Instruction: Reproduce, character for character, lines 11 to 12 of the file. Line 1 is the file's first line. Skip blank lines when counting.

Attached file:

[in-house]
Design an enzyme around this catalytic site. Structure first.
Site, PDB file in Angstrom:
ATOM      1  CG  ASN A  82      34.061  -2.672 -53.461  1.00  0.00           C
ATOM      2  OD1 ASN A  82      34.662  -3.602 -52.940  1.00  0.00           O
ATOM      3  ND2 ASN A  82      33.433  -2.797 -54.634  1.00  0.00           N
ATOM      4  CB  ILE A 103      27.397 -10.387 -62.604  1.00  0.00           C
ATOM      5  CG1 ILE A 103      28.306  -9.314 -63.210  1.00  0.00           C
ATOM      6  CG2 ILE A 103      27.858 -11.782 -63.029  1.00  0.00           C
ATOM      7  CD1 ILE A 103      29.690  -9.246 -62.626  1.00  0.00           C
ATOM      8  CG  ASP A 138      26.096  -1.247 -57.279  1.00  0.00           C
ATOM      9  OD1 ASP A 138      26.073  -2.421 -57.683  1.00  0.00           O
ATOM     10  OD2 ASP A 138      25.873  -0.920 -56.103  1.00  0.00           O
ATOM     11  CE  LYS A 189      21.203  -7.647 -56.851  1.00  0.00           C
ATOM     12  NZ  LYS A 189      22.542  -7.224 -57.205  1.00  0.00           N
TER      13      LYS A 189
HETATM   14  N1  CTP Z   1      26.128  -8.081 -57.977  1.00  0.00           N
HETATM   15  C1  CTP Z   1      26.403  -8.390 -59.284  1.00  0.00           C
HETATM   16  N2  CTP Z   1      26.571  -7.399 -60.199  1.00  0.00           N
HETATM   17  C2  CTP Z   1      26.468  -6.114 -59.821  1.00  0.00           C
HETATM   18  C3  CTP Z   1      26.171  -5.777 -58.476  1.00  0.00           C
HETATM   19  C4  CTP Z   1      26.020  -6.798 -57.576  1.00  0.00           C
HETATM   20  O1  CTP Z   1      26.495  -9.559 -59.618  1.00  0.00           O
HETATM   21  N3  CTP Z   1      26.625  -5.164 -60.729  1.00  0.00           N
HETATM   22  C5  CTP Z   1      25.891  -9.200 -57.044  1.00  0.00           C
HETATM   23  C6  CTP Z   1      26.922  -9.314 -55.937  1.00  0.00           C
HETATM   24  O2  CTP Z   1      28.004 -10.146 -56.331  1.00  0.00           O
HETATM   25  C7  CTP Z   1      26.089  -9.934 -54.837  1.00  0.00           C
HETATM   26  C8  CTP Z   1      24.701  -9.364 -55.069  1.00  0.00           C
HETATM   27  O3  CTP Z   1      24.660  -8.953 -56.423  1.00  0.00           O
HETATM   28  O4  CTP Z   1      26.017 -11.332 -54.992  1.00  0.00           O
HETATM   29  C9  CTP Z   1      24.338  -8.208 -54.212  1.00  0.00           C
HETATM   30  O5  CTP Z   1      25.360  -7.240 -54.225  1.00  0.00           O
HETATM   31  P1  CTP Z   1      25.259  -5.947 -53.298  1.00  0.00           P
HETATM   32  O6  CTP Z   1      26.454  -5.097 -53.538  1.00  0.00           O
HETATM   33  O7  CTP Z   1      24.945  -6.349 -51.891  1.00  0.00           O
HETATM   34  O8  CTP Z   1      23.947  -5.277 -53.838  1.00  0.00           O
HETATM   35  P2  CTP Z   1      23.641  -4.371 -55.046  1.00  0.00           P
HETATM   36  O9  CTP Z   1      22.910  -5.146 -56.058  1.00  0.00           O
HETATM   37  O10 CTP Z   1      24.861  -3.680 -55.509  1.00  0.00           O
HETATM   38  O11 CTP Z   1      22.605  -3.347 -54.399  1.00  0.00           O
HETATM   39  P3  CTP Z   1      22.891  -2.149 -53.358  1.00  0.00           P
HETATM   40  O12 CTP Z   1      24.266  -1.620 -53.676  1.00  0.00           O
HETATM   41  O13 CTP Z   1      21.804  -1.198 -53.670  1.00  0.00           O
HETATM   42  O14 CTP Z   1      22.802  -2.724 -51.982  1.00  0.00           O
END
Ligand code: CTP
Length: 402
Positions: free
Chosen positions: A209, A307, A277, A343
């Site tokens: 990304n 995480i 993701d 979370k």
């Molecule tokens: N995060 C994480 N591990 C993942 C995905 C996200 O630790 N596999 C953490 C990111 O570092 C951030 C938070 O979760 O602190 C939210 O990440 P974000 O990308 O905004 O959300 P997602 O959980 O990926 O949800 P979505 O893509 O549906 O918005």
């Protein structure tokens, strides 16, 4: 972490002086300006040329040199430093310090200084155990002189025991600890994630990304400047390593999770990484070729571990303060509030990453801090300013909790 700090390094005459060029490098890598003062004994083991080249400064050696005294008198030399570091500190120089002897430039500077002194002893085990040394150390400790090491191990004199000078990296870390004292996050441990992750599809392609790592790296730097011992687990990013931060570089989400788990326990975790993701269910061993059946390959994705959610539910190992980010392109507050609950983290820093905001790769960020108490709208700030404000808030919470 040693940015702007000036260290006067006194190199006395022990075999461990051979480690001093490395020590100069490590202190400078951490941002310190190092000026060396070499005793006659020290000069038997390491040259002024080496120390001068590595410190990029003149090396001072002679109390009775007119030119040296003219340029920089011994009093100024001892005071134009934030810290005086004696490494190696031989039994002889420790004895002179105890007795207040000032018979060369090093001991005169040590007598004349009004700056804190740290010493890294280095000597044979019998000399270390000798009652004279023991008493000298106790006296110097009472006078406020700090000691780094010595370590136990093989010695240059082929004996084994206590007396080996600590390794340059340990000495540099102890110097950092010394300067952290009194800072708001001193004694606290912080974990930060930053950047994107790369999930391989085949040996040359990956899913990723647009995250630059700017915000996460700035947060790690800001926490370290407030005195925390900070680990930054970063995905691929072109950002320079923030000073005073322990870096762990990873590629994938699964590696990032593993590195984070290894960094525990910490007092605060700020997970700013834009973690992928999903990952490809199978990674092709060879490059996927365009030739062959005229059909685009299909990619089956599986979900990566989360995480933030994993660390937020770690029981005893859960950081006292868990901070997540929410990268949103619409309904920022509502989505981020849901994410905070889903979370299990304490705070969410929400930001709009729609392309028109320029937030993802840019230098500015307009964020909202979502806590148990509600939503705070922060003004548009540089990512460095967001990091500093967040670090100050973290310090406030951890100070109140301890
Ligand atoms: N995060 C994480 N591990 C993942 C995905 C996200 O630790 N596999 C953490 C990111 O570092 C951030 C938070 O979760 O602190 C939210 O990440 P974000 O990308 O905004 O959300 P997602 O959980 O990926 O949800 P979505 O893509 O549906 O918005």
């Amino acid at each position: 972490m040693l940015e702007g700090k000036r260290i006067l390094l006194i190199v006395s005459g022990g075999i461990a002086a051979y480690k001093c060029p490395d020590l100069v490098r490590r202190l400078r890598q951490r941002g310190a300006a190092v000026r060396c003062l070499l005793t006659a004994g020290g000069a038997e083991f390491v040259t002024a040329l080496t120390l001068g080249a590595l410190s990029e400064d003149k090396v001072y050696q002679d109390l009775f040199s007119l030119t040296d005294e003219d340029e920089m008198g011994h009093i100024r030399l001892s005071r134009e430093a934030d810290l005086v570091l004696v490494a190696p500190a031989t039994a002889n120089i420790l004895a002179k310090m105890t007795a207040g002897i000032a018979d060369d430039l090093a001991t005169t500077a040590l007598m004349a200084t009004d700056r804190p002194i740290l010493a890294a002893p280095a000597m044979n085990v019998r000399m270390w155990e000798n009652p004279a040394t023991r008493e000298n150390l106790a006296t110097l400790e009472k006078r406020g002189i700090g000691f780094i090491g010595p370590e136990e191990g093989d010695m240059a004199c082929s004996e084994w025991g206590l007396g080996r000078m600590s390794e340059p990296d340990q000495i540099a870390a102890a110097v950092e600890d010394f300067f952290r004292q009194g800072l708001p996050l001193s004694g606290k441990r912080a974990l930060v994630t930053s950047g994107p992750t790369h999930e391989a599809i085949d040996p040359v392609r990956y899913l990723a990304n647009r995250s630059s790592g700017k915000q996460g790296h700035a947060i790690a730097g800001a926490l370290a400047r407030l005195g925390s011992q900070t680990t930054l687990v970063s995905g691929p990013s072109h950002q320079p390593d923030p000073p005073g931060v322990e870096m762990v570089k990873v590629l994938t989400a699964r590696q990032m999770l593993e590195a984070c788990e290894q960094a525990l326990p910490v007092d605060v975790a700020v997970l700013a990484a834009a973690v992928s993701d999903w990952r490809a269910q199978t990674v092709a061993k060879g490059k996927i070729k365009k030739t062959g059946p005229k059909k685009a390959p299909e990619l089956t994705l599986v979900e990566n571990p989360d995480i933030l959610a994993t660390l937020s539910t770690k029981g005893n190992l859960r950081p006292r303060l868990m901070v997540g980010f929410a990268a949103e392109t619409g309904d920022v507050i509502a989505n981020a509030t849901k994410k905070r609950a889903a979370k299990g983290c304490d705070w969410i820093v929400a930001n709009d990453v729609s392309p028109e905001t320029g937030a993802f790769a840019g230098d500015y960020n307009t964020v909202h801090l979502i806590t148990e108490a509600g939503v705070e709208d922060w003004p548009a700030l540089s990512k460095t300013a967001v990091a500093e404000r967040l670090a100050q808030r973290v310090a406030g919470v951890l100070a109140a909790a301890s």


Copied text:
ATOM      8  CG  ASP A 138      26.096  -1.247 -57.279  1.00  0.00           C
ATOM      9  OD1 ASP A 138      26.073  -2.421 -57.683  1.00  0.00           O